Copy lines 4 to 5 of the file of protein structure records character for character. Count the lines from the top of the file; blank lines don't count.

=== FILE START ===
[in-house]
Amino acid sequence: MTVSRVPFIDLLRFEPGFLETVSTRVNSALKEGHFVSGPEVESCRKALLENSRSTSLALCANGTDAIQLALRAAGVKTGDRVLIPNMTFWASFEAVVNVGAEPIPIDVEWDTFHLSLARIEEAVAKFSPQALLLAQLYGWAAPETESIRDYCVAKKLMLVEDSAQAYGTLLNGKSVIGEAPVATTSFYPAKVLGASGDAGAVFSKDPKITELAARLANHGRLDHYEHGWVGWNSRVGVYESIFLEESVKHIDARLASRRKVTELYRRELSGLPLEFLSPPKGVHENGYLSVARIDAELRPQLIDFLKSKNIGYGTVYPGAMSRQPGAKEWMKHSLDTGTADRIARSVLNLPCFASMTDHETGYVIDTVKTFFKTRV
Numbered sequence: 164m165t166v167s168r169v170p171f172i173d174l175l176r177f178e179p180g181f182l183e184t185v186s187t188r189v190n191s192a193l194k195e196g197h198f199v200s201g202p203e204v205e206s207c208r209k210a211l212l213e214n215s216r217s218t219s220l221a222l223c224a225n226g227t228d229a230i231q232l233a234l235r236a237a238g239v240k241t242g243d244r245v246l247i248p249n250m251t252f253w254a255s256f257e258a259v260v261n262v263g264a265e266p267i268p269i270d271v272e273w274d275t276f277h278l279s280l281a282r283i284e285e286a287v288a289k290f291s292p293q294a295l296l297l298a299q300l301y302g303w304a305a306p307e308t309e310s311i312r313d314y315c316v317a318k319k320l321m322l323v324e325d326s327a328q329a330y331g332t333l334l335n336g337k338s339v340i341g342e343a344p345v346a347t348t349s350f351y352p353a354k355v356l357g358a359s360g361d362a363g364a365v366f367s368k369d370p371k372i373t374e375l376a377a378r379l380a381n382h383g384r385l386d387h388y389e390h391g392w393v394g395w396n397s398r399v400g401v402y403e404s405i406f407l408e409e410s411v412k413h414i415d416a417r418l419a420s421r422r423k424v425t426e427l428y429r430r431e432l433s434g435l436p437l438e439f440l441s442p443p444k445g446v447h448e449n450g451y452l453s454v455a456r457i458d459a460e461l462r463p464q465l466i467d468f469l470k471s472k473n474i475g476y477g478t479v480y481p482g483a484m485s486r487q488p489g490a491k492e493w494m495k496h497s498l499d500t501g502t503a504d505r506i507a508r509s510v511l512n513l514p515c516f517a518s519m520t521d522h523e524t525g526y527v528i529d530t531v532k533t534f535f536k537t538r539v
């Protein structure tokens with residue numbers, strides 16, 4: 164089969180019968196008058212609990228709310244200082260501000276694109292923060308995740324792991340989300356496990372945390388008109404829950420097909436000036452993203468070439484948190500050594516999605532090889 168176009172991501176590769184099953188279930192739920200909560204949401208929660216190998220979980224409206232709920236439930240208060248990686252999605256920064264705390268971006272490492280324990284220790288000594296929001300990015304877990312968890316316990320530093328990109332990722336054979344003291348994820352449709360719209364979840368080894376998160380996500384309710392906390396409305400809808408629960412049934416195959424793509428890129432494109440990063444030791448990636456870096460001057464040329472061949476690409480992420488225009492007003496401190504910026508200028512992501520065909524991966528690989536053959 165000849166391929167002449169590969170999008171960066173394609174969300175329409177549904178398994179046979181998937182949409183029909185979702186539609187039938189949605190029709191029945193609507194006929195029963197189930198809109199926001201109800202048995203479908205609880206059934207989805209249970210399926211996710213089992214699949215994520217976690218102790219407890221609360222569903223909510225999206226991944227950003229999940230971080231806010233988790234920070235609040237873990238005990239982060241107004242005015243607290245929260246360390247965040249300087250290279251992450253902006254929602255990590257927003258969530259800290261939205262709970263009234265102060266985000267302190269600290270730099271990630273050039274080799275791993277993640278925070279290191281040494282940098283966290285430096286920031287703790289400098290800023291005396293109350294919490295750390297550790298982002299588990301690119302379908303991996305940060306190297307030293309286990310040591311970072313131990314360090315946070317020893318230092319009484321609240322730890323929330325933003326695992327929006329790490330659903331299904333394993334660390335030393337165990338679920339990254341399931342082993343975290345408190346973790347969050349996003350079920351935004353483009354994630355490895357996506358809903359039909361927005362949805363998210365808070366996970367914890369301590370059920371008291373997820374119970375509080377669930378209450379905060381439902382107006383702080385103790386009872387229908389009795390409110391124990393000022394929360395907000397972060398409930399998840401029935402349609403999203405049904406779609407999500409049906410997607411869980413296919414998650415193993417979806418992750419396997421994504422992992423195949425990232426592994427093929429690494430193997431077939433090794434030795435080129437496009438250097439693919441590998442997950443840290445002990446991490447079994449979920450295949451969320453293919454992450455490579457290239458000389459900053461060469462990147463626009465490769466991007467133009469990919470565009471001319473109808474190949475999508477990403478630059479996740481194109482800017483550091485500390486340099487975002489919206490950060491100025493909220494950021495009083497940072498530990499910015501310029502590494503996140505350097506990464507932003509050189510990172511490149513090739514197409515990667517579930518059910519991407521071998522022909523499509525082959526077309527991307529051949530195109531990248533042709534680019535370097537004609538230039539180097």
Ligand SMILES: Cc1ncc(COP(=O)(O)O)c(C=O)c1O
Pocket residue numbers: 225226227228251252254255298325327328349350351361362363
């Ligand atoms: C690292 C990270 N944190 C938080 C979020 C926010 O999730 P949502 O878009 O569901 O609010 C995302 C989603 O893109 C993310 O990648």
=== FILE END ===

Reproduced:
């Protein structure tokens with residue numbers, strides 16, 4: 164089969180019968196008058212609990228709310244200082260501000276694109292923060308995740324792991340989300356496990372945390388008109404829950420097909436000036452993203468070439484948190500050594516999605532090889 168176009172991501176590769184099953188279930192739920200909560204949401208929660216190998220979980224409206232709920236439930240208060248990686252999605256920064264705390268971006272490492280324990284220790288000594296929001300990015304877990312968890316316990320530093328990109332990722336054979344003291348994820352449709360719209364979840368080894376998160380996500384309710392906390396409305400809808408629960412049934416195959424793509428890129432494109440990063444030791448990636456870096460001057464040329472061949476690409480992420488225009492007003496401190504910026508200028512992501520065909524991966528690989536053959 165000849166391929167002449169590969170999008171960066173394609174969300175329409177549904178398994179046979181998937182949409183029909185979702186539609187039938189949605190029709191029945193609507194006929195029963197189930198809109199926001201109800202048995203479908205609880206059934207989805209249970210399926211996710213089992214699949215994520217976690218102790219407890221609360222569903223909510225999206226991944227950003229999940230971080231806010233988790234920070235609040237873990238005990239982060241107004242005015243607290245929260246360390247965040249300087250290279251992450253902006254929602255990590257927003258969530259800290261939205262709970263009234265102060266985000267302190269600290270730099271990630273050039274080799275791993277993640278925070279290191281040494282940098283966290285430096286920031287703790289400098290800023291005396293109350294919490295750390297550790298982002299588990301690119302379908303991996305940060306190297307030293309286990310040591311970072313131990314360090315946070317020893318230092319009484321609240322730890323929330325933003326695992327929006329790490330659903331299904333394993334660390335030393337165990338679920339990254341399931342082993343975290345408190346973790347969050349996003350079920351935004353483009354994630355490895357996506358809903359039909361927005362949805363998210365808070366996970367914890369301590370059920371008291373997820374119970375509080377669930378209450379905060381439902382107006383702080385103790386009872387229908389009795390409110391124990393000022394929360395907000397972060398409930399998840401029935402349609403999203405049904406779609407999500409049906410997607411869980413296919414998650415193993417979806418992750419396997421994504422992992423195949425990232426592994427093929429690494430193997431077939433090794434030795435080129437496009438250097439693919441590998442997950443840290445002990446991490447079994449979920450295949451969320453293919454992450455490579457290239458000389459900053461060469462990147463626009465490769466991007467133009469990919470565009471001319473109808474190949475999508477990403478630059479996740481194109482800017483550091485500390486340099487975002489919206490950060491100025493909220494950021495009083497940072498530990499910015501310029502590494503996140505350097506990464507932003509050189510990172511490149513090739514197409515990667517579930518059910519991407521071998522022909523499509525082959526077309527991307529051949530195109531990248533042709534680019535370097537004609538230039539180097």
Ligand SMILES: Cc1ncc(COP(=O)(O)O)c(C=O)c1O